Ginsburg Back on Supreme Court
WASHINGTON (AP) _ Seventeen days after undergoing surgery for colon cancer, Supreme Court Justice Ruth Bader Ginsburg was on the bench today as the nation’s highest court opened its 1999-2000 term.
Ginsburg, looking slightly thinner and paler than usual, smiled broadly as she took her place at the end of the bench. Before taking her seat, she smiled at her husband, Martin, and two grown children, James and Jane, who were in the courtroom.
As is court custom, Chief Justice William H. Rehnquist made no mention of Ginsburg’s recent illness as he declared the new term open.
Part of Ginsburg’s colon was removed during her surgery on Sept. 17, but last week court spokeswoman Kathy Arberg said doctors found that the cancer had not spread to any lymph nodes.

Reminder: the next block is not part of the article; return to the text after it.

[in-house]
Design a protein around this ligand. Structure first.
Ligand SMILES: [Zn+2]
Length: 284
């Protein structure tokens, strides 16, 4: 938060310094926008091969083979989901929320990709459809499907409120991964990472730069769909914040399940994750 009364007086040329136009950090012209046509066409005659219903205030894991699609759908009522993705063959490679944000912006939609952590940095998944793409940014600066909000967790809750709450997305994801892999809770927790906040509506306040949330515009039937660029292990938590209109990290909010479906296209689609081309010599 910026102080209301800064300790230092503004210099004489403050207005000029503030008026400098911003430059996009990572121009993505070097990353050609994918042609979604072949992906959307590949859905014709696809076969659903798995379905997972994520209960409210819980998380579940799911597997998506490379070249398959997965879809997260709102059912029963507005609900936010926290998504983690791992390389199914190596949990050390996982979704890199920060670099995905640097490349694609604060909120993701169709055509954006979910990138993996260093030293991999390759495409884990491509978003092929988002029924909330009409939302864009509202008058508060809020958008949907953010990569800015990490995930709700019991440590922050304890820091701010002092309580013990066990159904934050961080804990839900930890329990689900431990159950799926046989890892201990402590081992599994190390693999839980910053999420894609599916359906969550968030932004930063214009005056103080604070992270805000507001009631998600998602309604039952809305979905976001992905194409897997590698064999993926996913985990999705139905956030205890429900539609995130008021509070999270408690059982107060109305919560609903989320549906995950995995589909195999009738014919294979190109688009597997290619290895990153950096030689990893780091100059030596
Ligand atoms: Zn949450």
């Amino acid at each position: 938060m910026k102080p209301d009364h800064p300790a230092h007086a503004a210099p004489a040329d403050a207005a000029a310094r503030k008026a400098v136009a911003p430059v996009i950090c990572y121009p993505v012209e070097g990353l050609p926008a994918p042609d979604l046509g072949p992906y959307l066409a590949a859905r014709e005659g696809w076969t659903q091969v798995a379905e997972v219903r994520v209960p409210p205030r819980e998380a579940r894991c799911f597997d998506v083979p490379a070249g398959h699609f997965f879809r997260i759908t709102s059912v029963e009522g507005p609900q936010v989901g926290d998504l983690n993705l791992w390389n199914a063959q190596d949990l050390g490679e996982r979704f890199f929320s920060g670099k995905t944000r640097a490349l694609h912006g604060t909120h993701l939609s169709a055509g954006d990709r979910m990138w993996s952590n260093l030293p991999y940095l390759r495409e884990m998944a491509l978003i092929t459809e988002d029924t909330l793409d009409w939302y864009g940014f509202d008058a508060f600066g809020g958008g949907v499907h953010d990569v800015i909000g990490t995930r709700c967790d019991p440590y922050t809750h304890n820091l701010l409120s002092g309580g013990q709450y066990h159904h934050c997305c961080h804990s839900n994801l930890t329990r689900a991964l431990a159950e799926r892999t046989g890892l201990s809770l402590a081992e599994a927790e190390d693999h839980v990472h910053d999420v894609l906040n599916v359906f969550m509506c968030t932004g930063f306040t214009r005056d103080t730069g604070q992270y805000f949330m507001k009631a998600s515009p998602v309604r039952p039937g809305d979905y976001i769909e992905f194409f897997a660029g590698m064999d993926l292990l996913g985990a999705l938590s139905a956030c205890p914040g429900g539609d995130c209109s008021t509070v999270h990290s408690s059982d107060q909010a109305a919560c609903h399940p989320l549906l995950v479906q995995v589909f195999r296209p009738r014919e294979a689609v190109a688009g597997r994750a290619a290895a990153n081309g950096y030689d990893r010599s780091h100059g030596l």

Ginsburg, 66, fell ill this summer while teaching in Crete, and initially was treated for acute diverticulitis, a gastric disorder. Arberg said last week that the severe abdominal inflammation for which Ginsburg was first treated was unrelated to the colon cancer, but it led doctors to discover the tumor.
The justice went home from Washington Hospital Center last Tuesday. While she was in the hospital, she participated in the court’s consideration of a number of cases granted review in advance of today’s term opening.
Also sitting in the courtroom’s guest section today was retired Justice Byron R. White, the only living retired justice.